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Lessons from the field – CSH in action #1

by Mel Starrs on February 20, 2012

in Code for Sustainable Homes

I was recently approached by a long time friend of the blog to see if I could host a guest post, about lessons learned whilst dealing with Code for Sustainable Homes. I said ‘certainly!’. We are not able to mention the project – it will remain anonymous. The author was the sustainability manager for the contractor and developer, and worked with the code assessor to ensure they provided the evidence and tracking progress towards the certification. The code requirement was a condition of funding, as well as a planning requirement and developer objective. This is the first of a short series of posts:

Here is a situation that occurred on a recent project that was being assessed for the Code for Sustainable Homes, which goes to show how easy it is to get things wrong.

Can you spot what might be wrong with the picture?

This insulation was supplied and installed on site. The supplier sells two types of insulation, both with very similar names, one ending with an “A” and one with an “X”.

The letter signifies the type of gas used as a blowing agent. In all other respects, the insulation has the same thermal properties. The “A” type has a low Global Warming Potential (GWP) of <5 which is compliant with credit POL1 of the Code for Sustainable Homes, where as the “X” type uses a different gas as a blowing agent, with a much higher GWP of around 1300.

The ”X” type was used on site, despite the particular specification calling for insulation with a GWP of <5, and it was only discovered once the material had been installed and the delivery notes were being reviewed by the Code assessor.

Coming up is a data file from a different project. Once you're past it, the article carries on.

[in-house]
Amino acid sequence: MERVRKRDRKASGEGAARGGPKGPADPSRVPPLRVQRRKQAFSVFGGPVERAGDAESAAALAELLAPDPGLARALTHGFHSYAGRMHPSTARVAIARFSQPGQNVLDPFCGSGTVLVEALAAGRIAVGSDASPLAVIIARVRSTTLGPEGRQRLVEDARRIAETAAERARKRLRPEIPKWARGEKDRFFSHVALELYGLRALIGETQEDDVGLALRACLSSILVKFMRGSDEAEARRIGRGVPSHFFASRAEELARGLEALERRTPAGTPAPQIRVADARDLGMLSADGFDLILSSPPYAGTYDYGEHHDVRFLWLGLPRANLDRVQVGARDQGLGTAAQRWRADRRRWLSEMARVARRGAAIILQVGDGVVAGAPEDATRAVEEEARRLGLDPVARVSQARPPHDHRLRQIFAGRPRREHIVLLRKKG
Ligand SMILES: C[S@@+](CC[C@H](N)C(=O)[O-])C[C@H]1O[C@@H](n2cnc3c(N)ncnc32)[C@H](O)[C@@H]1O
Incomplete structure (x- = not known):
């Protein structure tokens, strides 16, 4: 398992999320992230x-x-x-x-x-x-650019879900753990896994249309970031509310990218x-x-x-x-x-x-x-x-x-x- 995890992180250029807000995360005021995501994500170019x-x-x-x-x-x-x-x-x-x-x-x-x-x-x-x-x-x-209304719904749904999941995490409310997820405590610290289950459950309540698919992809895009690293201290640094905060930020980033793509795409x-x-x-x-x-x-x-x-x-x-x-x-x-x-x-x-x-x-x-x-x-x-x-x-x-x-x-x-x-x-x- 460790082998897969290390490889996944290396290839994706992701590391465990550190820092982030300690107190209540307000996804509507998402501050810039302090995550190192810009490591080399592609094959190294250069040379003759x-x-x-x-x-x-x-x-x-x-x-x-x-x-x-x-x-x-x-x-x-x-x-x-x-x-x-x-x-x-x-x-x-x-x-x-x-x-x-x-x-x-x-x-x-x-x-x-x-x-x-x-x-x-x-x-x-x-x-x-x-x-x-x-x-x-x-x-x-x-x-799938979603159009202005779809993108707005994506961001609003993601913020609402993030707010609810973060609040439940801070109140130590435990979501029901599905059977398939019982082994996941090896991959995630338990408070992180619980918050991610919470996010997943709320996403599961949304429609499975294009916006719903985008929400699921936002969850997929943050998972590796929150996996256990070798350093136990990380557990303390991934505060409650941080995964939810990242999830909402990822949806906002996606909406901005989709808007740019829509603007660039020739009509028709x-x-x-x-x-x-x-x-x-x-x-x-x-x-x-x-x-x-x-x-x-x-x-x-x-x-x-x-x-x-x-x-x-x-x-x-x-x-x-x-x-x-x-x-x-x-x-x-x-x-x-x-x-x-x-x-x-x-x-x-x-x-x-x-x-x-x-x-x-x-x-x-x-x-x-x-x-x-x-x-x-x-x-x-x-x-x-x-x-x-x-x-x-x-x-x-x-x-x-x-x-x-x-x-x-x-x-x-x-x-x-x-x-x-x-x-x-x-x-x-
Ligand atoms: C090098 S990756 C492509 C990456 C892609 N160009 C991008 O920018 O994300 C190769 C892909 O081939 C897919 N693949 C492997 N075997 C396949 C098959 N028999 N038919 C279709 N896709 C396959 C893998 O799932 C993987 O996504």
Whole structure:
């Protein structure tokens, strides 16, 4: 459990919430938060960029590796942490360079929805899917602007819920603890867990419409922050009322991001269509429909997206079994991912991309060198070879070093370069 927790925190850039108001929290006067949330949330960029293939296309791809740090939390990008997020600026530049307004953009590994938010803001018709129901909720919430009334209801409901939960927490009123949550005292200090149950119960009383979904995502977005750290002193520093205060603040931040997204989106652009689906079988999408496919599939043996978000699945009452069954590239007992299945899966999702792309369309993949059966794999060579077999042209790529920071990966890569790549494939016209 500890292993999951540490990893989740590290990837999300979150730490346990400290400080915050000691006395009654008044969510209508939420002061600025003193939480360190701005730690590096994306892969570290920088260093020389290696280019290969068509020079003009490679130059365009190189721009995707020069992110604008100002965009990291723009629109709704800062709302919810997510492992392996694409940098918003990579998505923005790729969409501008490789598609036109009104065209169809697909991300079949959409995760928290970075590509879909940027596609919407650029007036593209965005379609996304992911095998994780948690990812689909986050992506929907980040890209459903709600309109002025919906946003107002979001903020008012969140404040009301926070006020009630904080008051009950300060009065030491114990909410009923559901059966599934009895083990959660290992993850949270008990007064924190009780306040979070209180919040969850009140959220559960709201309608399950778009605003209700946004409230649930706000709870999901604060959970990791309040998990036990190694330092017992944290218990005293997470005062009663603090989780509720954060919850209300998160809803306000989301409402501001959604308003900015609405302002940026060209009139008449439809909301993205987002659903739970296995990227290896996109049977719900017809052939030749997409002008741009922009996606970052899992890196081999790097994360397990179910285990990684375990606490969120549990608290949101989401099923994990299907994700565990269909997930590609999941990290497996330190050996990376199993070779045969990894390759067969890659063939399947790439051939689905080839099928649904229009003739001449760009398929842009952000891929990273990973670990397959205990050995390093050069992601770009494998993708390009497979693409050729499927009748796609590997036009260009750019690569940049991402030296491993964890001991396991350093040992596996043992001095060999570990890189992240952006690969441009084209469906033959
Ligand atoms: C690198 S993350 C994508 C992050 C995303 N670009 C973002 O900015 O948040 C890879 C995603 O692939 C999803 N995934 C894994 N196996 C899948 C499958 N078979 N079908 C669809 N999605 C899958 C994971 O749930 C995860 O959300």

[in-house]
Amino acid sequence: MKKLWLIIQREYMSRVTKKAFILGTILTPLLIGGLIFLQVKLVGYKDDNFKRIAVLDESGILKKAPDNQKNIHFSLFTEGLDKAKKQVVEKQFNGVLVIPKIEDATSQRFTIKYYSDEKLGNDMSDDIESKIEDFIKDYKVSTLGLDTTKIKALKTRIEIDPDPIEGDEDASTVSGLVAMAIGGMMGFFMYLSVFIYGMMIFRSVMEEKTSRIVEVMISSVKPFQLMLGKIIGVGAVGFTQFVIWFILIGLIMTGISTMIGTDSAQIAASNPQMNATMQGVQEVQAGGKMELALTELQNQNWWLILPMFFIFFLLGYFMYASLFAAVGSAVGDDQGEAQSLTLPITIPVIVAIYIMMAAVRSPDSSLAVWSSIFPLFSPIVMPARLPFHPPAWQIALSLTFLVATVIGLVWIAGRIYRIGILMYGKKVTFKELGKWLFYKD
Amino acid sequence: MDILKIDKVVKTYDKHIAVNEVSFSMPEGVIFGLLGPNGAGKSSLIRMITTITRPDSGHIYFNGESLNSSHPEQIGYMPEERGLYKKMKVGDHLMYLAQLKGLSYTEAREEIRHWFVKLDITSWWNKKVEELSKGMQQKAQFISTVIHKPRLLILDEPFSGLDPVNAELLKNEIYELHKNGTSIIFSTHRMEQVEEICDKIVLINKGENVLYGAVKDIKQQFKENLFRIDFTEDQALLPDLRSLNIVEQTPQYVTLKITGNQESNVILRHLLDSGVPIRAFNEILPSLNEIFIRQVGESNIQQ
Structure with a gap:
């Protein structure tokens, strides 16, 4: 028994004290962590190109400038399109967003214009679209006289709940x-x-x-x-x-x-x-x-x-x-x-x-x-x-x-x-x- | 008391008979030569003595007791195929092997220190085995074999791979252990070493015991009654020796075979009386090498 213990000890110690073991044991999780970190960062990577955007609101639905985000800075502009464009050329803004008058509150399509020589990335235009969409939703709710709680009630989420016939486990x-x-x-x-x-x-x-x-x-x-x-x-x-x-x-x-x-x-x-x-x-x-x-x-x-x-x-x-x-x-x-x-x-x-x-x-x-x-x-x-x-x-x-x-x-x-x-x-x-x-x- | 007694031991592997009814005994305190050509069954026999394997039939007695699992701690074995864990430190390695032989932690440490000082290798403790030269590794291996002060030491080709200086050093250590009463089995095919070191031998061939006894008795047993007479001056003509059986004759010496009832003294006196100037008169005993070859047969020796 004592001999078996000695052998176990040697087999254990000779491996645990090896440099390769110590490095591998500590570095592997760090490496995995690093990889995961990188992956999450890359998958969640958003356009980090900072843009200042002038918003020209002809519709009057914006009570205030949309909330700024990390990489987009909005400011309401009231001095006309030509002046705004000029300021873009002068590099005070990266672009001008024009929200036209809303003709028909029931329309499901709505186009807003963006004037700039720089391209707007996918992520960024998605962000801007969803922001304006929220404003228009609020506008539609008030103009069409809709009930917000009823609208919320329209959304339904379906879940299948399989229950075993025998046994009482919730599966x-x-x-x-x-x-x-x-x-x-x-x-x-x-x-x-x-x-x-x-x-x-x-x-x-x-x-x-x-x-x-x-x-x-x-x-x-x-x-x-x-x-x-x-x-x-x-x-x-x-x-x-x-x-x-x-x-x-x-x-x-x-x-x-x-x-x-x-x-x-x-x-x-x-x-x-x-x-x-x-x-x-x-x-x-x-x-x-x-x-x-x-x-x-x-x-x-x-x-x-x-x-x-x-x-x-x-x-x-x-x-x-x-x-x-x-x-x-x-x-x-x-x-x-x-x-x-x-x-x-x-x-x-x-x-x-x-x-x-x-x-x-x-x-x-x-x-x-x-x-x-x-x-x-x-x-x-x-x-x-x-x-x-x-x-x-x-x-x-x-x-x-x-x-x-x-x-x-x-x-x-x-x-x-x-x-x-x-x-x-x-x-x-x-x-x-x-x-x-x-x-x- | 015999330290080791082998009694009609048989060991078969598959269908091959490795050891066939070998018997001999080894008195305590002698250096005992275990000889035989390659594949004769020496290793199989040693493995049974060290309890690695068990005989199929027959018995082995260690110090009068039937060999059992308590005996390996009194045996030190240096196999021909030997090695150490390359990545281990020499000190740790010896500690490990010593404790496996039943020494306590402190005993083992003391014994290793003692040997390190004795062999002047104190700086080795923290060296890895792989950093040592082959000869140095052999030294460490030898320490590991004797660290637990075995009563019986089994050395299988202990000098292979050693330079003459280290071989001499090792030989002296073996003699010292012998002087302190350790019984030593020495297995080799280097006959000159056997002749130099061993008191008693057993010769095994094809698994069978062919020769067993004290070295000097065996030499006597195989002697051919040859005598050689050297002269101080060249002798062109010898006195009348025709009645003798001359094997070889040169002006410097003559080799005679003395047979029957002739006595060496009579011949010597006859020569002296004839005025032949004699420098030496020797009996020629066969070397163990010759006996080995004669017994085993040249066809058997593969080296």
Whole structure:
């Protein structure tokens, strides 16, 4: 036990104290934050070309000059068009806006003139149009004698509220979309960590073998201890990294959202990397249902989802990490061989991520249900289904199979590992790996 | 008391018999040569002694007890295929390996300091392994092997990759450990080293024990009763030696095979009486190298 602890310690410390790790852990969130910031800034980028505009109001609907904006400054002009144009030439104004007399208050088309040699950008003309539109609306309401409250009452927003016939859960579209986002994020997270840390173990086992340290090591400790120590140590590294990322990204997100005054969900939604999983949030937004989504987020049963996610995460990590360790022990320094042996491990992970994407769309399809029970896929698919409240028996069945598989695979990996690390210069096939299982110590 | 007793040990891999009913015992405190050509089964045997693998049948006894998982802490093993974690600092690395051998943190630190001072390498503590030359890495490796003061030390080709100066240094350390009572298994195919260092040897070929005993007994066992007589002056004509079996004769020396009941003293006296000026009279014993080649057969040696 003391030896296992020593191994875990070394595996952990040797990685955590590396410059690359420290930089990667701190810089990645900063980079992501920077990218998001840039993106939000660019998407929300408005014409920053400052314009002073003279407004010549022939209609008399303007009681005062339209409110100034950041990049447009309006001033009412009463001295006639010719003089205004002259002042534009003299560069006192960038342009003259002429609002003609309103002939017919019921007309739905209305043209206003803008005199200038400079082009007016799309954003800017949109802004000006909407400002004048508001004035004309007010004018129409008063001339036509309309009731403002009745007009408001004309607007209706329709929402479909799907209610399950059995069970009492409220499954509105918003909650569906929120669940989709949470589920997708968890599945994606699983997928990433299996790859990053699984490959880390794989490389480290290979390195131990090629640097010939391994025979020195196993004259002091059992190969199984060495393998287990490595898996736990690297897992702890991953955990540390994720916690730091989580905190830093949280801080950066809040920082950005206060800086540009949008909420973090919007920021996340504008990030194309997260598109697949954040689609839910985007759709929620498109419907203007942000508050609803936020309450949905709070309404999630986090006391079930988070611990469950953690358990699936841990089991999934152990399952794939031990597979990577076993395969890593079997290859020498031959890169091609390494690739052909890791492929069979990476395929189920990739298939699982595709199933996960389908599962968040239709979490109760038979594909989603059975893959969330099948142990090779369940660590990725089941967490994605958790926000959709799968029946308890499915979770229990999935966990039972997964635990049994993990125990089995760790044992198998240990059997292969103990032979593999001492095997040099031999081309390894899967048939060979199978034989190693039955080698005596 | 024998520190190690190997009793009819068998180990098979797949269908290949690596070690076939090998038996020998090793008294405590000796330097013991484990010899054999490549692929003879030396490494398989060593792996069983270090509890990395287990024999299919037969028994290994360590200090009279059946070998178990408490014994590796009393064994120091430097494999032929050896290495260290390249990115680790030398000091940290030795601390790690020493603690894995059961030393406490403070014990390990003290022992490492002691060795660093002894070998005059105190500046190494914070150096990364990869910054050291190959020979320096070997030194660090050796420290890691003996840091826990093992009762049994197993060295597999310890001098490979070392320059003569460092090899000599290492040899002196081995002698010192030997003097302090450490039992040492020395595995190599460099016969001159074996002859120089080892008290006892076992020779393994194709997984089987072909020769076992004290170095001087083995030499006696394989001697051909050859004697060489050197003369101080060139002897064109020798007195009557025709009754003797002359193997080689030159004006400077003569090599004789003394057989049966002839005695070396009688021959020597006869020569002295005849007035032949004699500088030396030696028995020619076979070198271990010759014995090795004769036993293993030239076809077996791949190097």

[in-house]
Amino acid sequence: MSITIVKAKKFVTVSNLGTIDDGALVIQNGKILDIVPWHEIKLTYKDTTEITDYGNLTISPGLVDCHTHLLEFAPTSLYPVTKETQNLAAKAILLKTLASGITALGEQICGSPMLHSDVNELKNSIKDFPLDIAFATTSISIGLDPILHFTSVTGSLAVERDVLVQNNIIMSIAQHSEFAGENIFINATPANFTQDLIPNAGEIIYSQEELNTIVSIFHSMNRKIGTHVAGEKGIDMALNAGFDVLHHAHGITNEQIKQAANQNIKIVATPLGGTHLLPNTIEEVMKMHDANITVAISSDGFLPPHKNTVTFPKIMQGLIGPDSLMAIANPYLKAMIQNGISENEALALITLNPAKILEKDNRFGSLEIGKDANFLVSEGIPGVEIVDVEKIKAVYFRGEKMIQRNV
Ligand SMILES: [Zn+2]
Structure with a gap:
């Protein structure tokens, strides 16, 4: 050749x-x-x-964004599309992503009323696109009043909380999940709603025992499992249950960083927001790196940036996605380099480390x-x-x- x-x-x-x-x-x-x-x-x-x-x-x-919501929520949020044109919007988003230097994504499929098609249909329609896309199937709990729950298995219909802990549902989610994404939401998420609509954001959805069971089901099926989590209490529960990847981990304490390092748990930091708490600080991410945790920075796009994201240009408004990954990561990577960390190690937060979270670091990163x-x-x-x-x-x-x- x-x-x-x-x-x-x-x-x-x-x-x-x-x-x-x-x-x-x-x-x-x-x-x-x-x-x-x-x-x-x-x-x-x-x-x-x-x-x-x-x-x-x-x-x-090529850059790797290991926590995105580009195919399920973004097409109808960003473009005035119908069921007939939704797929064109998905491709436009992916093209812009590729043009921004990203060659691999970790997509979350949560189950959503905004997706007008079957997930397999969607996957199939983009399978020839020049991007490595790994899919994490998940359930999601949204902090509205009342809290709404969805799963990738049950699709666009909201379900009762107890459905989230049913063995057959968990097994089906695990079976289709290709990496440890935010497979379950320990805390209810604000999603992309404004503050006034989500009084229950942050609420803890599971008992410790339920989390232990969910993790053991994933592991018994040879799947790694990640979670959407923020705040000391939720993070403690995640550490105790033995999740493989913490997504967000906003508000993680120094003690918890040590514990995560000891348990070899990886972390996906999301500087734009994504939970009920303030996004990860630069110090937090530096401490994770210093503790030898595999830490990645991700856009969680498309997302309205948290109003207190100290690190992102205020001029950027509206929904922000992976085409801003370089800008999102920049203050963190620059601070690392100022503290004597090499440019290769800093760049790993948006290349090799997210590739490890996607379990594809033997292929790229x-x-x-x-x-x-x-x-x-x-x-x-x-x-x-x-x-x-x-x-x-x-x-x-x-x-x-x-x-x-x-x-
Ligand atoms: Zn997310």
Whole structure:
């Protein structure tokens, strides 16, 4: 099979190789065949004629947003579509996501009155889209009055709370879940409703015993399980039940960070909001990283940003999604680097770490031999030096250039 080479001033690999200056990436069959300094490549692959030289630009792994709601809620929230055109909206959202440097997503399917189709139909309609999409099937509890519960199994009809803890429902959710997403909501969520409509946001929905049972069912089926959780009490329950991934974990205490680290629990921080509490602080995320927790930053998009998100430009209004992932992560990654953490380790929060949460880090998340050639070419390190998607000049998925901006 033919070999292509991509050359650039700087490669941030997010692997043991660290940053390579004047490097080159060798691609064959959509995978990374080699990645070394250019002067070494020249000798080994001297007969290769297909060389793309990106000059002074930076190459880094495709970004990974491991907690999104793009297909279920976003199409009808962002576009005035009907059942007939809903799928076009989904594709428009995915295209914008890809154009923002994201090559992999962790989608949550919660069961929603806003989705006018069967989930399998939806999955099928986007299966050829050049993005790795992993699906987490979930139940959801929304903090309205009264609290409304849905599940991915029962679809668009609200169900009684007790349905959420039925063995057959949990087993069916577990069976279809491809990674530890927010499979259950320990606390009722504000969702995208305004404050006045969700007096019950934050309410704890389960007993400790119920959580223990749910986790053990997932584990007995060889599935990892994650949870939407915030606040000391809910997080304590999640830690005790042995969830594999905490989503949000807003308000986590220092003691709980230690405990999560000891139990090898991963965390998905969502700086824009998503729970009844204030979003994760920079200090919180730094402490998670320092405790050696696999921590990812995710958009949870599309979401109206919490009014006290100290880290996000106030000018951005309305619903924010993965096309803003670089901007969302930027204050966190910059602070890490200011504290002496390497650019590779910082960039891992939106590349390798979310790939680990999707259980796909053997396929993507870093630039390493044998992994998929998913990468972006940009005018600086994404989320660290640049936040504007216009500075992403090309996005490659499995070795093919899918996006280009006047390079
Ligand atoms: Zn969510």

How did this happen, you might ask! In this case the contractor had proposed an alternative material and had issued the proposal to the main contractor on their web based document control system flagged as being “for information”. In fact when downloaded, the proposal requested an approval, but this was not noticed at the time.

As the material was installed, it was not practical to remove and replace it. This meant that the project lost 1 Code for Sustainable Homes credit, equivalent to 0.71% of the total score.

Fortunately the use was isolated to one particular building on the development, so the others were not affected. The project had allowed for a small buffer of credits, which meant the required rating could be achieved despite the loss of this credit.

This prompted a review of all other specifications. We found 35 instances where these were incorrect, for example some specifications called for insulation with a GWP of better than 5. To the layman, a higher number might be perceived as “better than 5”, which would be non-compliant. One of the specifications had the incorrect symbol >5 rather than <5 which was definitely incorrect, and some were found to call for a GWP of “5 or less”. Whilst this might seem correct, “5 or less” could be easily interpreted as being a GWP of exactly 5, which is not compliant with the Code requirement for a GWP of less than 5.

Although, in this instance the loss of the credit did not impact on achieving the required Code rating as it was not a mandatory credit, and the score was made up for in other aspects of the Code, it does provide a valuable lesson on how easy it can be to get things wrong. Achieving credits in the Code for Sustainable Homes, BREEAM and similar assessments, requires attention to detail, and that all people involved understand the implications of even very small changes to specification or other details.

BREEAM and CSH are often criticised for being ‘box-ticking’ exercises, but box-ticking is occasionally a necessary evil. For more information on GWP Wikipedia has a currently transparent and easily understood explanation here.

I have at least one more post in this series – I might add some more tales of my own and of urban legend.